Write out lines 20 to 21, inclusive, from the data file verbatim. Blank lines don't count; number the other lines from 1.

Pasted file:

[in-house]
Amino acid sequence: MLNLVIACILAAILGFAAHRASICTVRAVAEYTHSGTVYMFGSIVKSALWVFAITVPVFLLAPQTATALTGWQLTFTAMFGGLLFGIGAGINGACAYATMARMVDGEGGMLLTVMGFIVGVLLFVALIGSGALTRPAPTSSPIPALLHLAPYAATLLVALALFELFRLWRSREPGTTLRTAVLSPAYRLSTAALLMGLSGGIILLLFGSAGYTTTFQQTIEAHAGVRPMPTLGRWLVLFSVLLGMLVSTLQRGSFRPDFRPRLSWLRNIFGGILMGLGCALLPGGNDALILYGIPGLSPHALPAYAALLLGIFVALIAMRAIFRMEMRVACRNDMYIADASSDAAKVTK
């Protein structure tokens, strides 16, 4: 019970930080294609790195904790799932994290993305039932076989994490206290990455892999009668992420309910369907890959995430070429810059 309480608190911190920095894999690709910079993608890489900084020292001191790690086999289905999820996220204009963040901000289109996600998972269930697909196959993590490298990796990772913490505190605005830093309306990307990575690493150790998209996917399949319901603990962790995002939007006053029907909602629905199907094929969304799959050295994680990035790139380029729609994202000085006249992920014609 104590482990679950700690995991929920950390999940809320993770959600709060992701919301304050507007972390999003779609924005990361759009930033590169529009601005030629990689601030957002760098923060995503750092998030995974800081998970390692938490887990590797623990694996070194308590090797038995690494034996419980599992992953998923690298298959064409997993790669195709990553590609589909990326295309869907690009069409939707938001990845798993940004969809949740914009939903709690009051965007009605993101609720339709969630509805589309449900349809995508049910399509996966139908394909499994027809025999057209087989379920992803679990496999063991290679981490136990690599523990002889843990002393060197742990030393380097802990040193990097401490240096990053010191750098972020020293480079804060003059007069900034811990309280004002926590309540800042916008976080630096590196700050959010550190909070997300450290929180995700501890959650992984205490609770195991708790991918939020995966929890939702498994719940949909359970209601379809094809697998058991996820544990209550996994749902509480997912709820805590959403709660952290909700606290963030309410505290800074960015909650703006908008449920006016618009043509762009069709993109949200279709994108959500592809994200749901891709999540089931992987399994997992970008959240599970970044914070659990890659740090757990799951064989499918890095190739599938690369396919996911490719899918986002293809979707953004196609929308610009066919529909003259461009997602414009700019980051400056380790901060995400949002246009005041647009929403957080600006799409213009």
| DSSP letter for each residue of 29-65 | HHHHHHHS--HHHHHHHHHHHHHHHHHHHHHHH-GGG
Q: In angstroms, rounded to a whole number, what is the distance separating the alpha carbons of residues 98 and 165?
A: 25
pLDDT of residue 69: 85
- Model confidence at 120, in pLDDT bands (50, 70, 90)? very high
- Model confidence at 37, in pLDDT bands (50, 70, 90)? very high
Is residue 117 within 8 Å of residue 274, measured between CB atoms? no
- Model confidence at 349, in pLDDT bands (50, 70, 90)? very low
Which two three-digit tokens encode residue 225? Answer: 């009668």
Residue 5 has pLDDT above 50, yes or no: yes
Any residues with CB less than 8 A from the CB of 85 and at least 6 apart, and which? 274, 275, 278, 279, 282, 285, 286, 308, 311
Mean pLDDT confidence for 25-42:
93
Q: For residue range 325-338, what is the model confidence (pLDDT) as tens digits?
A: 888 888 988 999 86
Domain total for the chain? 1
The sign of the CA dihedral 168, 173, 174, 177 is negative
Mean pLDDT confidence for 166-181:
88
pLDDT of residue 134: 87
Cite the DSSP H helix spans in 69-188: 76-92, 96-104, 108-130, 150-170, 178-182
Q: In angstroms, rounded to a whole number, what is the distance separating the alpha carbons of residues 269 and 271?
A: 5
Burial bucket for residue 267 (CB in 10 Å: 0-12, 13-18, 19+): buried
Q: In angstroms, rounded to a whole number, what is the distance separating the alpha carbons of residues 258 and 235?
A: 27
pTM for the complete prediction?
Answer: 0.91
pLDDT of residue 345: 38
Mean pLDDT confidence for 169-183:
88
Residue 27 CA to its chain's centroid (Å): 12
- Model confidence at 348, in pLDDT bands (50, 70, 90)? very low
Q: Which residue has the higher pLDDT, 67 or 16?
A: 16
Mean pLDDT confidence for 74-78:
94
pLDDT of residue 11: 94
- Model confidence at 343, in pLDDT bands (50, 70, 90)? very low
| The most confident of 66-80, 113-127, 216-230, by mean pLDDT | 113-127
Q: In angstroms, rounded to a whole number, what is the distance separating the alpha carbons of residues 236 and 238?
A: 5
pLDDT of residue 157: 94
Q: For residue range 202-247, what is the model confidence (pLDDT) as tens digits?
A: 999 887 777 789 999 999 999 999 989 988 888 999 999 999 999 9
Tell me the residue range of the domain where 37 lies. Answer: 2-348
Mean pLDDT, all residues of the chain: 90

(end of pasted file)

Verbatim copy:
The sign of the CA dihedral 168, 173, 174, 177 is negative
Mean pLDDT confidence for 166-181: